Photo by Ben Mitchell
Guests enjoy a round or two at the recently expanded bar inside the Crooked Tree Tavern at Cooper Spur Mountain Resort on Tuesday. The tavern has six taps that primarily pour beer from local breweries.
The weather may have been cold and wet, but it wasn’t enough to dampen the spirits of guests who attended the grand opening of the newly completed Crooked Tree Tavern at the Cooper Spur Mountain Resort Tuesday evening.
Several dozen people braved the elements and enjoyed the celebration, which featured free beer from local brewers, food, and live music outside on the resort grounds. Attendees periodically ducked inside the Cooper Spur Inn to warm up and check out the new bar that has been installed in what once primarily served as the inn’s lobby and check-in area.
Cynthia Steele, general manager for the resort, said the decision to open up the tavern was made, in part, due to an increase this year in business at the resort which offers dining, lodging, event-holding, and various outdoor recreation opportunities.
“With our weddings increasing this year and the desire to give our guests more service, we decided to open the tavern,” Steele explained.
Previously, a small bar with only two taps served thirsty guests. A significantly larger, full-service, U-shaped bar now extends into the former lobby/check-in area, which Steele said had been relegated to a kiosk off the restaurant that is adjacent to the tavern. A glycol system keeps constant pressure on the lines that now flow to six taps instead of two, which primarily feature beer from local breweries, as well as the ubiquitous Northwest staple, Pabst Blue Ribbon. Steele said the tavern is looking to stock ciders in addition to the beer, wine, and spirits that are currently available. Two 42-inch flat-screen televisions have also been added in case patrons care to catch a Timbers or Trail Blazers game.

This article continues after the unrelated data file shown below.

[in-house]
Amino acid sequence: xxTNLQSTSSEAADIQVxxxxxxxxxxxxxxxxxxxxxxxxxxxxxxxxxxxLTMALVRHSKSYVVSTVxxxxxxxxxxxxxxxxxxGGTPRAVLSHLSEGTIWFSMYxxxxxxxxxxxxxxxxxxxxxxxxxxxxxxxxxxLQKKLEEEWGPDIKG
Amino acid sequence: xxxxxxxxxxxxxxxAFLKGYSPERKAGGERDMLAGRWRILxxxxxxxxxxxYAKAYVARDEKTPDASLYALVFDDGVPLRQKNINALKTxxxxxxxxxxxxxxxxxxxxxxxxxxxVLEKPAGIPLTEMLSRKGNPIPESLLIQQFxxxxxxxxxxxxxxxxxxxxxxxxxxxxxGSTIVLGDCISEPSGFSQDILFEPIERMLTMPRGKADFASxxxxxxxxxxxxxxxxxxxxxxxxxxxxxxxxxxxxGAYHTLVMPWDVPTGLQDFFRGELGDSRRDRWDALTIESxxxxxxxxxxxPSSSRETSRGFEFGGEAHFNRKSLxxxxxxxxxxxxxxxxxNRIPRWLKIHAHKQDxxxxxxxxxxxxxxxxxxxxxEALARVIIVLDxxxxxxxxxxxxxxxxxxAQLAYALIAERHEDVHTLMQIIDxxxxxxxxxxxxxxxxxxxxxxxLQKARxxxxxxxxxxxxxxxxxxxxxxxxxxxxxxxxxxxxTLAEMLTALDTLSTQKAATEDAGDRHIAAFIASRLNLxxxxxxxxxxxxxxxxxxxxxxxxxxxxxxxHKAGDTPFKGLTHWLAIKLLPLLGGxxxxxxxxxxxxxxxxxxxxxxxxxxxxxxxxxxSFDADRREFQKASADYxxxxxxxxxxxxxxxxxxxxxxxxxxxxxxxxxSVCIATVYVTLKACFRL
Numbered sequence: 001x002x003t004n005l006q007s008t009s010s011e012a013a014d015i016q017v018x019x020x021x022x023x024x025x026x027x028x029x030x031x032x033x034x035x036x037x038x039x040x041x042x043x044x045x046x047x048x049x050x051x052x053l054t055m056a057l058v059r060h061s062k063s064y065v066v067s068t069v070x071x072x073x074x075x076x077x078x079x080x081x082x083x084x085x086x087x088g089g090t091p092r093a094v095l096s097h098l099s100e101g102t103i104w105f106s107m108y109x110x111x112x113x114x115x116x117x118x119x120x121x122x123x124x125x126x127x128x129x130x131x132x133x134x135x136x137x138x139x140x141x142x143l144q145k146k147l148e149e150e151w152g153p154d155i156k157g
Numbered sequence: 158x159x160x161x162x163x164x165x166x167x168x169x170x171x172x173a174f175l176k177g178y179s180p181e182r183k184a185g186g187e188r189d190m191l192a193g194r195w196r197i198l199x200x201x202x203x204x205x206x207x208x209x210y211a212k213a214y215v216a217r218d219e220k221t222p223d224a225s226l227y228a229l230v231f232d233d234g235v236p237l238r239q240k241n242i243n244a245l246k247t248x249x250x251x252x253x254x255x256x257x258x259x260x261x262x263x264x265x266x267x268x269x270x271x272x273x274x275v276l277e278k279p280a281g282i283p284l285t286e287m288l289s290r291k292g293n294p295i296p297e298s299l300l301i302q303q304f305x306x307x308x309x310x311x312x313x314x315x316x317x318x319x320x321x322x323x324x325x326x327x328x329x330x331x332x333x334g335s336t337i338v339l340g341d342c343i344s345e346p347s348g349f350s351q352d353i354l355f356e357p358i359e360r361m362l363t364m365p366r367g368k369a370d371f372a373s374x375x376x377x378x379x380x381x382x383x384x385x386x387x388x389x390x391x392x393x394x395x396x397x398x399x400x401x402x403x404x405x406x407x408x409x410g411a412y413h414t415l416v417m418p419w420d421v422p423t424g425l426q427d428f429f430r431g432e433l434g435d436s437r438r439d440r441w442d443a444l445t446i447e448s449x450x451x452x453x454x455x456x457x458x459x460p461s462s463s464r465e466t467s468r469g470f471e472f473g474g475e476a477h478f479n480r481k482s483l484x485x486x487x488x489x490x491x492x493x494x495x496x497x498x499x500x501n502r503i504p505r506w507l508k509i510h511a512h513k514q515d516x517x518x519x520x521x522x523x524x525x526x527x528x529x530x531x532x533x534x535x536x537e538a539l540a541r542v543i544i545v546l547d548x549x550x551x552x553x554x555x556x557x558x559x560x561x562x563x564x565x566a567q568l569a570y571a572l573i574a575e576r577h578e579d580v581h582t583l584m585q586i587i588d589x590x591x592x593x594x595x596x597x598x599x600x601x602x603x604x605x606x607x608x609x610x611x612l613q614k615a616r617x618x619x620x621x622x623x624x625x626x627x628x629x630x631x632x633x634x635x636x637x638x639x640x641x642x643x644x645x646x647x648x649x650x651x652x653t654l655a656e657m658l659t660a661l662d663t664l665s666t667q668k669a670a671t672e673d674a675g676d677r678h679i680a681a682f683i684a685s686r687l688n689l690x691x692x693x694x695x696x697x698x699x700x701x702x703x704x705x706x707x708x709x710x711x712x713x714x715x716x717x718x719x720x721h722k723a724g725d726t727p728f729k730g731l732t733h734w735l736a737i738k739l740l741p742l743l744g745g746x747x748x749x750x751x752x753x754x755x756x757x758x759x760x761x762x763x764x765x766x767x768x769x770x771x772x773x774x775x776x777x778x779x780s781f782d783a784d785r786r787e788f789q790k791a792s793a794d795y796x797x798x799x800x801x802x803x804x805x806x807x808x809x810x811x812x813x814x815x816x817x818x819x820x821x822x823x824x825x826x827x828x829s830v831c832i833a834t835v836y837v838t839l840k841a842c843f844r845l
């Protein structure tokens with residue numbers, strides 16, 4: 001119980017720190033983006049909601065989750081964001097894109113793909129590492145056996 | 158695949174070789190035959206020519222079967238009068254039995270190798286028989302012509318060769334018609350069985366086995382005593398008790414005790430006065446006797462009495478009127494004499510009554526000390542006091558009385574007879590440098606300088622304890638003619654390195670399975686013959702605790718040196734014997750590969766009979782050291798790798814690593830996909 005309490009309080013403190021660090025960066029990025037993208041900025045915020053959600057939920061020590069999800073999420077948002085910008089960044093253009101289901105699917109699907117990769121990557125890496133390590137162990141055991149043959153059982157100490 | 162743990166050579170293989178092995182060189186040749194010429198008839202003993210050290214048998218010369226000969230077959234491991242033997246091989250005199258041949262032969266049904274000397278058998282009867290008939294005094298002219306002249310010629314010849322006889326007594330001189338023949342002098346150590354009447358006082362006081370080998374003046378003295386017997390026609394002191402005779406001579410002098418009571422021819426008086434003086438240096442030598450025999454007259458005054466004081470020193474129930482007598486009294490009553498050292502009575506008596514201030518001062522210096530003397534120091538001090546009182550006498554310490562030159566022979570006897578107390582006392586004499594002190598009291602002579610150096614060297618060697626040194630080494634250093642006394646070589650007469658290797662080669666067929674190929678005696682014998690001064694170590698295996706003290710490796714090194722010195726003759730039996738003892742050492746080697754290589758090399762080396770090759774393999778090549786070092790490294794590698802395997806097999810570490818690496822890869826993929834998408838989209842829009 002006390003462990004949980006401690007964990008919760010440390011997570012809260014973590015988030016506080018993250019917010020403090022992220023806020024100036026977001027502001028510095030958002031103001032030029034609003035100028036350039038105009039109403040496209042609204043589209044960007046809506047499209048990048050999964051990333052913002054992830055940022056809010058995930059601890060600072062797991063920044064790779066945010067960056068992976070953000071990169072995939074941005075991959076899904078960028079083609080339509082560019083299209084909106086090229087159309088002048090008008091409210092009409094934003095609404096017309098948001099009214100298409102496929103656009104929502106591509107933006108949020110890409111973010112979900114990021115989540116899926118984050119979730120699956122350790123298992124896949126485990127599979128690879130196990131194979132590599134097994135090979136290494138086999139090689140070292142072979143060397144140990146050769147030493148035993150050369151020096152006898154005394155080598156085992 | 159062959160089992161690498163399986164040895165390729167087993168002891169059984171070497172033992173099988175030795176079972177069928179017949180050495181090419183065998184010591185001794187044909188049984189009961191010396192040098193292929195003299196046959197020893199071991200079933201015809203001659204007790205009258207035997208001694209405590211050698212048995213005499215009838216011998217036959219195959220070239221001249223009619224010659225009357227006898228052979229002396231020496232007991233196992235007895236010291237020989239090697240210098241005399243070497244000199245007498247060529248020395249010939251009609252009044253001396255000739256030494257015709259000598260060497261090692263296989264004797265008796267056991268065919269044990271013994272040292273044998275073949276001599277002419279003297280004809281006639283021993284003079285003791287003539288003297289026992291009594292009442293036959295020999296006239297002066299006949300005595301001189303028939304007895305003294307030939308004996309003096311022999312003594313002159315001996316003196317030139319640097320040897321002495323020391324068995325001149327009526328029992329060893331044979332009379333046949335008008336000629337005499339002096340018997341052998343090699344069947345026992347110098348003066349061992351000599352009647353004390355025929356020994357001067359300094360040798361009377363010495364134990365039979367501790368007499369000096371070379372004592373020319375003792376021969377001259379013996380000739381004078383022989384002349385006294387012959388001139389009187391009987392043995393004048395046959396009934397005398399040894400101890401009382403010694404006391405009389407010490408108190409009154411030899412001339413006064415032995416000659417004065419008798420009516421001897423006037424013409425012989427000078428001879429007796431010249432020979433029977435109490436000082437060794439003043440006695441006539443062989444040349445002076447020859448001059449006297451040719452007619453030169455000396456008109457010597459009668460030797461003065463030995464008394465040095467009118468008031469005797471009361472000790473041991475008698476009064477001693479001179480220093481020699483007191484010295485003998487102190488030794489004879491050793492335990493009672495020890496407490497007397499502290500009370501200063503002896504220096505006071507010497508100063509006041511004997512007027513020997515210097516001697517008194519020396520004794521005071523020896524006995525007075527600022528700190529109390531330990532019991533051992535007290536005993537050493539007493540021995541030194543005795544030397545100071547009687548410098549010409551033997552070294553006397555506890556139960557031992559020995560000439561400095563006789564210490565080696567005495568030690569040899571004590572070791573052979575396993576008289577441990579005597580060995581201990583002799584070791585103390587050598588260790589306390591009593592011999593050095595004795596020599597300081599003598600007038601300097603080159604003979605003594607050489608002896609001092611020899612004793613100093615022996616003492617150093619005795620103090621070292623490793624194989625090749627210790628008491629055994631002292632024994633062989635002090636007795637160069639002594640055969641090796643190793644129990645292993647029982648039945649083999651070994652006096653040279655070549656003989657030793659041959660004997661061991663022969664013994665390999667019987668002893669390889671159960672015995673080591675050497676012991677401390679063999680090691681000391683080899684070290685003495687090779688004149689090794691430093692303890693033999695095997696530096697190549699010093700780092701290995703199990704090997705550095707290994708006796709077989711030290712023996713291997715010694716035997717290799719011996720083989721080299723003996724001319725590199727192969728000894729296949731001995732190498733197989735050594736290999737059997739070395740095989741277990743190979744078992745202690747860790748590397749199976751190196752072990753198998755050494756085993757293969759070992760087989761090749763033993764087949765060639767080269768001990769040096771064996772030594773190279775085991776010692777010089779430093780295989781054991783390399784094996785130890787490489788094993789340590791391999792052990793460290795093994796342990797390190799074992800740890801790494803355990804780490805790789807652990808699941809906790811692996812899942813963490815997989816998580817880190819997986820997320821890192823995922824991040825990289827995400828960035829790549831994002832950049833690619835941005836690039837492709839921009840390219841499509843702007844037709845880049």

Steele said the remodeling of the inn began in mid-April and wrapped up in late May. The trick was to expand the bar while staying within the building’s footprint and retaining the inn’s rustic, alpine feel — a tribute to the mountaineering pioneers who trudged from nearby Cloud Cap Inn up the north face of Mount Hood to its summit in days of yore.
“We tried to keep it as much the same as it was,” Steele said.
Indeed, the walls still smack of cedar woodworking and the stained glass window depicting a regal-looking elk still graces the front entrance of the facility. Peeled lodgepole pine barstools and chairs complete the ensemble.
Outside the Crooked Tree Tavern on the resort grounds are recently added horseshoe pits, “family friendly” mountain biking trails as well as the tavern’s namesake, a lone pine tree off the south side of the tavern that has a pronounced bend in its trunk. Steele said the name “tavern” was decided upon instead of “lounge” or “bar” because the resort offers lodging in addition to food and drink and “we wanted to encompass everything we had here.”
Though the resort certainly caters to out-of-towners, Steele noted she wants the Crooked Tree Tavern to play an important role in the community. Currently, a benefit dinner for Parkdale Elementary School is held every third Thursday at the Cooper Spur Restaurant and Steele said she “definitely wants to bring more community events up here.”
The Crooked Tree Tavern is open daily from 4-9 p.m and is open for lunch Friday, Saturday and Sunday at 11 a.m. For more information, call 541-352-6037 or visit www.cooperspur.com.